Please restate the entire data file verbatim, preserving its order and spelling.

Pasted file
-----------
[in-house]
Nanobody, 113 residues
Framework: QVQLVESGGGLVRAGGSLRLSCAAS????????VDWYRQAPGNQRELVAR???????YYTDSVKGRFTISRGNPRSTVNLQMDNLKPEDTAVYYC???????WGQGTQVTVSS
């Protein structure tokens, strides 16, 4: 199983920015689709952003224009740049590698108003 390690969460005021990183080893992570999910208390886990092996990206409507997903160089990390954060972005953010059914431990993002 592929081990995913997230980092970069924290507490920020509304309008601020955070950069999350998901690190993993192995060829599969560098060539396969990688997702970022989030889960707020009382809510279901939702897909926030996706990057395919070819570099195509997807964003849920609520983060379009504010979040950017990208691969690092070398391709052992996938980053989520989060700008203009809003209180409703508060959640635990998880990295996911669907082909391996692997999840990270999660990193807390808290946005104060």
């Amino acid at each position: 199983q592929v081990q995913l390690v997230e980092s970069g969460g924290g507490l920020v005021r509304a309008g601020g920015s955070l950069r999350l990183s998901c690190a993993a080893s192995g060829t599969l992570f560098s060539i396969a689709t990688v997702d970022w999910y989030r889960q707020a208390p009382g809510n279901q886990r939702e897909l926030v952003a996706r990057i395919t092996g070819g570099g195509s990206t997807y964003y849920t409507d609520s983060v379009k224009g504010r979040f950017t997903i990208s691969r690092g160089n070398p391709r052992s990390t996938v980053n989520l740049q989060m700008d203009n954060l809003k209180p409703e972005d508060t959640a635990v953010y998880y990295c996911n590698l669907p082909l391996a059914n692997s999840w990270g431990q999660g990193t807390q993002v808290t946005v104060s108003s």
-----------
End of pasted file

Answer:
[in-house]
Nanobody, 113 residues
Framework: QVQLVESGGGLVRAGGSLRLSCAAS????????VDWYRQAPGNQRELVAR???????YYTDSVKGRFTISRGNPRSTVNLQMDNLKPEDTAVYYC???????WGQGTQVTVSS
């Protein structure tokens, strides 16, 4: 199983920015689709952003224009740049590698108003 390690969460005021990183080893992570999910208390886990092996990206409507997903160089990390954060972005953010059914431990993002 592929081990995913997230980092970069924290507490920020509304309008601020955070950069999350998901690190993993192995060829599969560098060539396969990688997702970022989030889960707020009382809510279901939702897909926030996706990057395919070819570099195509997807964003849920609520983060379009504010979040950017990208691969690092070398391709052992996938980053989520989060700008203009809003209180409703508060959640635990998880990295996911669907082909391996692997999840990270999660990193807390808290946005104060």
């Amino acid at each position: 199983q592929v081990q995913l390690v997230e980092s970069g969460g924290g507490l920020v005021r509304a309008g601020g920015s955070l950069r999350l990183s998901c690190a993993a080893s192995g060829t599969l992570f560098s060539i396969a689709t990688v997702d970022w999910y989030r889960q707020a208390p009382g809510n279901q886990r939702e897909l926030v952003a996706r990057i395919t092996g070819g570099g195509s990206t997807y964003y849920t409507d609520s983060v379009k224009g504010r979040f950017t997903i990208s691969r690092g160089n070398p391709r052992s990390t996938v980053n989520l740049q989060m700008d203009n954060l809003k209180p409703e972005d508060t959640a635990v953010y998880y990295c996911n590698l669907p082909l391996a059914n692997s999840w990270g431990q999660g990193t807390q993002v808290t946005v104060s108003s």